Junior Debt

Junior Debt

What is junior debt

Subordinate debt is debt whose repayment has less priority than other claims in the event of default. Junior debt is considered a type of subordinated debt.

BREAKDOWN of junior debt

Junior debt is a classification that investors should understand when investing in corporate credit issues. A company’s repayment priorities are part of the company’s capital structure. Companies can issue a wide variety of credit products to investors to raise capital. The structuring of these products is generally carried out by a subscriber.

Generally, the corporate debt market is much less structured than the equity market. As a result, companies have much more flexibility in obtaining capital through debt. A company can work with a bank to get a loan. They can also work with an underwriter who heads a loan syndicate with several investors investing in a loan agreement. A company can also issue bonds with variable repayment terms.

Debt repayment terms

An important repayment condition for all types of credit is their repayment tenure. Loans and bonds can be issued in the form of senior debt or subordinated debt. Senior debt is repaid first if the borrower encounters a default or a liquidation. It is generally a guaranteed secured debt, but it can also be unsecured with specific provisions for the duration of repayment. Subordinated debt follows senior debt and has its own repayment terms. Generally, senior debt requires lower interest payments and bond coupons because it presents less risk. With subordinated debt, investors are willing to assume the higher risk of lower seniority payments in the event of default by being offset by higher interest rates. Generally, subordinate debt and subordinated debt are unsecured debt that is not guaranteed by collateral.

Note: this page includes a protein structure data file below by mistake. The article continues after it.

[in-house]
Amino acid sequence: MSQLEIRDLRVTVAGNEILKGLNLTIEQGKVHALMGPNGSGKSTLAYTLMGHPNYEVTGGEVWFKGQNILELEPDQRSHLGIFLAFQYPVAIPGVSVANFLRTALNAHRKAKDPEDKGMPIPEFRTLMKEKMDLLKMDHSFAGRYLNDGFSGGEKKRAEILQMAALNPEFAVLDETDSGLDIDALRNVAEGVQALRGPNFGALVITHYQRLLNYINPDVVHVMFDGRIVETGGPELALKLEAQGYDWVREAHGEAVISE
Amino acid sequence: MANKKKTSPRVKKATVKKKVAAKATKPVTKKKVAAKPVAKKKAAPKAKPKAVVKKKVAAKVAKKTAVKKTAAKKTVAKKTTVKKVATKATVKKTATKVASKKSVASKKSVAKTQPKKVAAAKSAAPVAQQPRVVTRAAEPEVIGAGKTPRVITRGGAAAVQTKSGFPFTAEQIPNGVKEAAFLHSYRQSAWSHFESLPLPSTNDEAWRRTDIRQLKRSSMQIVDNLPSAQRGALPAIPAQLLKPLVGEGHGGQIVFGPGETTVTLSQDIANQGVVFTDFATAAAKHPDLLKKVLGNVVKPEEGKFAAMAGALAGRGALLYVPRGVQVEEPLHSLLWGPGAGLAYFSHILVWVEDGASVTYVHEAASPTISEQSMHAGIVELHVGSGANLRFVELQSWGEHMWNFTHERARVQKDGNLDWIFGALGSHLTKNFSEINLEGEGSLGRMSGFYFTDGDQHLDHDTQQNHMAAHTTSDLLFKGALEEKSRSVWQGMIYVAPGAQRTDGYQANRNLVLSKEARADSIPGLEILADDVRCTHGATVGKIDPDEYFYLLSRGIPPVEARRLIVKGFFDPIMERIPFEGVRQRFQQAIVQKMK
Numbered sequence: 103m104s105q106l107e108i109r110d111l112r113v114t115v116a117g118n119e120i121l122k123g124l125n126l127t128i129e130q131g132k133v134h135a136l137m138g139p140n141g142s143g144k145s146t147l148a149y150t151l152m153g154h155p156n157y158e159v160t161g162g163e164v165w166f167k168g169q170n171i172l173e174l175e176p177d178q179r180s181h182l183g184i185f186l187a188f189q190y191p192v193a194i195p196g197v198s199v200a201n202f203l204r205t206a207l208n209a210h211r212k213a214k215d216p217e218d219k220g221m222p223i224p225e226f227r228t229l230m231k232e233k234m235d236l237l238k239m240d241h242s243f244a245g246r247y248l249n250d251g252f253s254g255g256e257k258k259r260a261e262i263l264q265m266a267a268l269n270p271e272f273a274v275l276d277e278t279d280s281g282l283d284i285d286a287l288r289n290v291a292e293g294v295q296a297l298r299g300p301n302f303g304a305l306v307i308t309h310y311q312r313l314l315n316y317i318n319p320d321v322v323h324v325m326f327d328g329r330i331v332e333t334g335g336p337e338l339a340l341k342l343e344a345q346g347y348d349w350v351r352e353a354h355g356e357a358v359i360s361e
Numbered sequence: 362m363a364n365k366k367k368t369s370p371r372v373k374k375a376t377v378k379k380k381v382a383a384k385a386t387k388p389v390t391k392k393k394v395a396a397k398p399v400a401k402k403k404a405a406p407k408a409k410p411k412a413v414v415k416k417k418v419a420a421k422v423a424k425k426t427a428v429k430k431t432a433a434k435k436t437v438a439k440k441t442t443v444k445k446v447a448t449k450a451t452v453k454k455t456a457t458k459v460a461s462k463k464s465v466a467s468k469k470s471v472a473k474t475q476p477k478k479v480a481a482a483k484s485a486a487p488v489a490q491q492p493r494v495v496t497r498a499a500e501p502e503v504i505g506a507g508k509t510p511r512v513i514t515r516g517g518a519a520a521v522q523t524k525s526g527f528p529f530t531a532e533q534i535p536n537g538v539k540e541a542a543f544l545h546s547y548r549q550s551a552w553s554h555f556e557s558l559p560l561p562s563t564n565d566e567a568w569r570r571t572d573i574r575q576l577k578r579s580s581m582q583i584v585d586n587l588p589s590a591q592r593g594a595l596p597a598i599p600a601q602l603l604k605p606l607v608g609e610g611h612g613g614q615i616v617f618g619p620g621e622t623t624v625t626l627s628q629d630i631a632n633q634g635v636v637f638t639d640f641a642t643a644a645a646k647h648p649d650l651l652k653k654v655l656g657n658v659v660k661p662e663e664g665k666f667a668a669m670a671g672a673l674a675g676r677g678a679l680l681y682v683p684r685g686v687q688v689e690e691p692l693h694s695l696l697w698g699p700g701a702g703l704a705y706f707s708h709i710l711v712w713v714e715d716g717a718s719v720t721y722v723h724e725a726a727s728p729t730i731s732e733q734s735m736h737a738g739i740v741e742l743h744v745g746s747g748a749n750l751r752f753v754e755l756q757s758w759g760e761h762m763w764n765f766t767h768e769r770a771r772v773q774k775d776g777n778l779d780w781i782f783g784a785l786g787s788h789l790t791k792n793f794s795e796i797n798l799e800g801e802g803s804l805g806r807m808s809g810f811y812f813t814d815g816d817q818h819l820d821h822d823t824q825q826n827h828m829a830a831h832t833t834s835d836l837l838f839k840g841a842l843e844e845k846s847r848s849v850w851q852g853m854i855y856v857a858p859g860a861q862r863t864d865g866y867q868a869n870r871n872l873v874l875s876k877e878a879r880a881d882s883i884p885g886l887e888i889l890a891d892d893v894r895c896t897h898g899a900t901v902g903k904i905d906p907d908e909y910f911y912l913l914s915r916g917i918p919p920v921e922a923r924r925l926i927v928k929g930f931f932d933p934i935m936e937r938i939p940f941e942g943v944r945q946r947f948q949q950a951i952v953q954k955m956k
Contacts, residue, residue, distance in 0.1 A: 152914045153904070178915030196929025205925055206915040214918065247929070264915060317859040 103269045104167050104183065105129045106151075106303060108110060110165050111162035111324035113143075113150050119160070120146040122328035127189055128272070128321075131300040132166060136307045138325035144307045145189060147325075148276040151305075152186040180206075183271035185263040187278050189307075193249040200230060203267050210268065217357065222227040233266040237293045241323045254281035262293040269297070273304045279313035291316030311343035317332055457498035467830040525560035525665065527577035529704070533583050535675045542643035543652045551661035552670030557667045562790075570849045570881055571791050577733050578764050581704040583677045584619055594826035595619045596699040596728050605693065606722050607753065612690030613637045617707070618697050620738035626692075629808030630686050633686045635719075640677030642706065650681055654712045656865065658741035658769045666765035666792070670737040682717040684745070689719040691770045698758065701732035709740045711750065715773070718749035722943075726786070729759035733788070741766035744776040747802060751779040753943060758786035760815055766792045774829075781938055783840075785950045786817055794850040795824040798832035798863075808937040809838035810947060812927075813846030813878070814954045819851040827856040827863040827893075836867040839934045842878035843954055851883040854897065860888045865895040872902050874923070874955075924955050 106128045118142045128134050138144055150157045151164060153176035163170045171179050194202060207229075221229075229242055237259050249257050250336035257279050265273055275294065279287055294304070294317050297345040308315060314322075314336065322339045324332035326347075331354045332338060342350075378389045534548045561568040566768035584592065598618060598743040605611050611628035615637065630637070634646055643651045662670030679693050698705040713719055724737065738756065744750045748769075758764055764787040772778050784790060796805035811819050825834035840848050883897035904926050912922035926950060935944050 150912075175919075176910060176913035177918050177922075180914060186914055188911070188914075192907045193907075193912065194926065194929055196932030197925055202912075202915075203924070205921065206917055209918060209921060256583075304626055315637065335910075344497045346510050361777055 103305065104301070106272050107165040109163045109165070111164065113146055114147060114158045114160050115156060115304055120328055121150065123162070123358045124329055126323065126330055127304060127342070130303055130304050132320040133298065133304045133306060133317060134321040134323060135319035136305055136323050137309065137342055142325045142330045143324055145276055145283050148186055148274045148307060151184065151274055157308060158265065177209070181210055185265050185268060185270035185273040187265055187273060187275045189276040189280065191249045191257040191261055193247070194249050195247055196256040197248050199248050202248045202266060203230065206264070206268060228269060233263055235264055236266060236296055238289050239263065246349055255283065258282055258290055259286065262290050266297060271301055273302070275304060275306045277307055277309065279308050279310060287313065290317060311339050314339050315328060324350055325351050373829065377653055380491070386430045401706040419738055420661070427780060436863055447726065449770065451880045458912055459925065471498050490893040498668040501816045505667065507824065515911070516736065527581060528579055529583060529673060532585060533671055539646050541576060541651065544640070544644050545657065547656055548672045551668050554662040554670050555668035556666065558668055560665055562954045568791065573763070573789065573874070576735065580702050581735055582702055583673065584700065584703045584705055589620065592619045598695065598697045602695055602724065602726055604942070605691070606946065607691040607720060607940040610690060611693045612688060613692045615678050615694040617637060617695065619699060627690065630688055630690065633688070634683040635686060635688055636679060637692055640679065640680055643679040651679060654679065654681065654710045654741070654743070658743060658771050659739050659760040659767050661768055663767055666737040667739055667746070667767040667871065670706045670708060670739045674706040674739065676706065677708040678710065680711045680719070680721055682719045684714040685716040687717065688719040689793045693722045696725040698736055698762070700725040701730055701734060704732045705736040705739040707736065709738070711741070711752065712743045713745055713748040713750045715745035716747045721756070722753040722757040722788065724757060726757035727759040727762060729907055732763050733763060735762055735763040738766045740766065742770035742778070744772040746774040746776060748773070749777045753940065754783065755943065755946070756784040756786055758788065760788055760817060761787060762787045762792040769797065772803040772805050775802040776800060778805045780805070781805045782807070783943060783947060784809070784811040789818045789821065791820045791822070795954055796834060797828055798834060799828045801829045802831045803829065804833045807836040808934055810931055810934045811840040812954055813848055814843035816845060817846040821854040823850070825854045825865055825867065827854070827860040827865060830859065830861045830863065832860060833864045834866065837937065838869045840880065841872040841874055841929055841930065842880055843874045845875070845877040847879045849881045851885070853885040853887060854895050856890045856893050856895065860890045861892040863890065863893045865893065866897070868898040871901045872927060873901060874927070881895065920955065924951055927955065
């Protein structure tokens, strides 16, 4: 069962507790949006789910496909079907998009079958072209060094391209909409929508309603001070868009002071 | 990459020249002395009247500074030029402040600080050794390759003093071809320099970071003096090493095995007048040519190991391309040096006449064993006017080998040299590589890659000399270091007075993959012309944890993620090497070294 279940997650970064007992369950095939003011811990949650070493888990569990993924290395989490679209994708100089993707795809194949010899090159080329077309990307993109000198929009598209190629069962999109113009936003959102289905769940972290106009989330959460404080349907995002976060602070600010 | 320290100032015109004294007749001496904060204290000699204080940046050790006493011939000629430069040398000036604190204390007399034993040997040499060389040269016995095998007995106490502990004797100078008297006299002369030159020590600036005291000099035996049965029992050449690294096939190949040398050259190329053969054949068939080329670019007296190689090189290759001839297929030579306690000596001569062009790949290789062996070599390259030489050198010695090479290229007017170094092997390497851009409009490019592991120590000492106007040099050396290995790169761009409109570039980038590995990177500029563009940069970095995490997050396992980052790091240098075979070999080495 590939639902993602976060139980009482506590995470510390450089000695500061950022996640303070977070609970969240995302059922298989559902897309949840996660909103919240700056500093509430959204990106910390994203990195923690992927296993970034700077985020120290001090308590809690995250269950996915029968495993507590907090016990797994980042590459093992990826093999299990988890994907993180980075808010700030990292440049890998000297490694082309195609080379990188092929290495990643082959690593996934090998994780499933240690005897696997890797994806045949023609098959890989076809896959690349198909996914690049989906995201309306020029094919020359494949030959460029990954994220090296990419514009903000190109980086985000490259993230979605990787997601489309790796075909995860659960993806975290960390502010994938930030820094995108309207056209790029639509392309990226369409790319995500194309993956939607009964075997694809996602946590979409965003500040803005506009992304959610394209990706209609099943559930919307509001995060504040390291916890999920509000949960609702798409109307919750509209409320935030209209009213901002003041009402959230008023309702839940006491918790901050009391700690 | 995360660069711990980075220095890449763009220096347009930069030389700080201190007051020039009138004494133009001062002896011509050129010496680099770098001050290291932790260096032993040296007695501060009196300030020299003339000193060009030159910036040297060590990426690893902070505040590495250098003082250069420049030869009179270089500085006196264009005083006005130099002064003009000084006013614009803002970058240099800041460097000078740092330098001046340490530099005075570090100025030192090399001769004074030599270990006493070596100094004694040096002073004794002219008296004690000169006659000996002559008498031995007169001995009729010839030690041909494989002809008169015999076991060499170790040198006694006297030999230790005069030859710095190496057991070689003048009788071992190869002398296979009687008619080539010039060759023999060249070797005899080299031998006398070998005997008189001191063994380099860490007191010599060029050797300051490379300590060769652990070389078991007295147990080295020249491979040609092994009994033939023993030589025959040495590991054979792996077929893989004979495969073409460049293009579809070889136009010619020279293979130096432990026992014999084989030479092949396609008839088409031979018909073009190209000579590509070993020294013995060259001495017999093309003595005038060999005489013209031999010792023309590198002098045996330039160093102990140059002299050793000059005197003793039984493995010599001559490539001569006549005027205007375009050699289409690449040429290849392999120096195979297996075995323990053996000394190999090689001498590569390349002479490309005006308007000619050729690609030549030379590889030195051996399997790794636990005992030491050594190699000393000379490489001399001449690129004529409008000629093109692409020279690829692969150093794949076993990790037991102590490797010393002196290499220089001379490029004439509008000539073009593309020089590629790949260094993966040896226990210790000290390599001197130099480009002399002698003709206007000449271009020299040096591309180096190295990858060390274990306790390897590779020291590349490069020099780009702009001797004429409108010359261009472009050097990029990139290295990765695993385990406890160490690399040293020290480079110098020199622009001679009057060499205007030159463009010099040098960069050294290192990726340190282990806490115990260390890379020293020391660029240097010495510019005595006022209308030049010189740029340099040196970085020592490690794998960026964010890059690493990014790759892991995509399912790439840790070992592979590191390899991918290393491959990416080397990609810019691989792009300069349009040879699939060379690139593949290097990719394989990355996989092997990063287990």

Debt market negotiation

Different from equity, institutional debt is generally issued on the primary market, involving direct interaction between companies and investors. After issuance on the primary market, loans and bonds can then be traded on the country’s secondary markets, trading being facilitated through various negotiating groups. In the secondary market, senior debt always involves less risk than subordinated debt.

Subordinated debt issue

Subordinate debt can be synonymous with subordinated debt or refer to a second level of debt paid immediately after the repayment of senior debt. Junior debt is less likely to be repaid in the event of default, as all higher ranking debt will have priority.

In some situations, companies may issue junior debt bonds. Junior debt can also be common in unitranch bonds where investors have the opportunity to invest in different tranches of bonds as part of the bond issue. Redemption conditions are often a key factor that can influence coupon rates on a bond. The procedures for repayment of the subordinated debt in the event of default will be clearly defined by the underwriter in the terms disclosing the details of the investment of a bond investment so that investors have a clear understanding of the priority accorded to the bonds in the event default.

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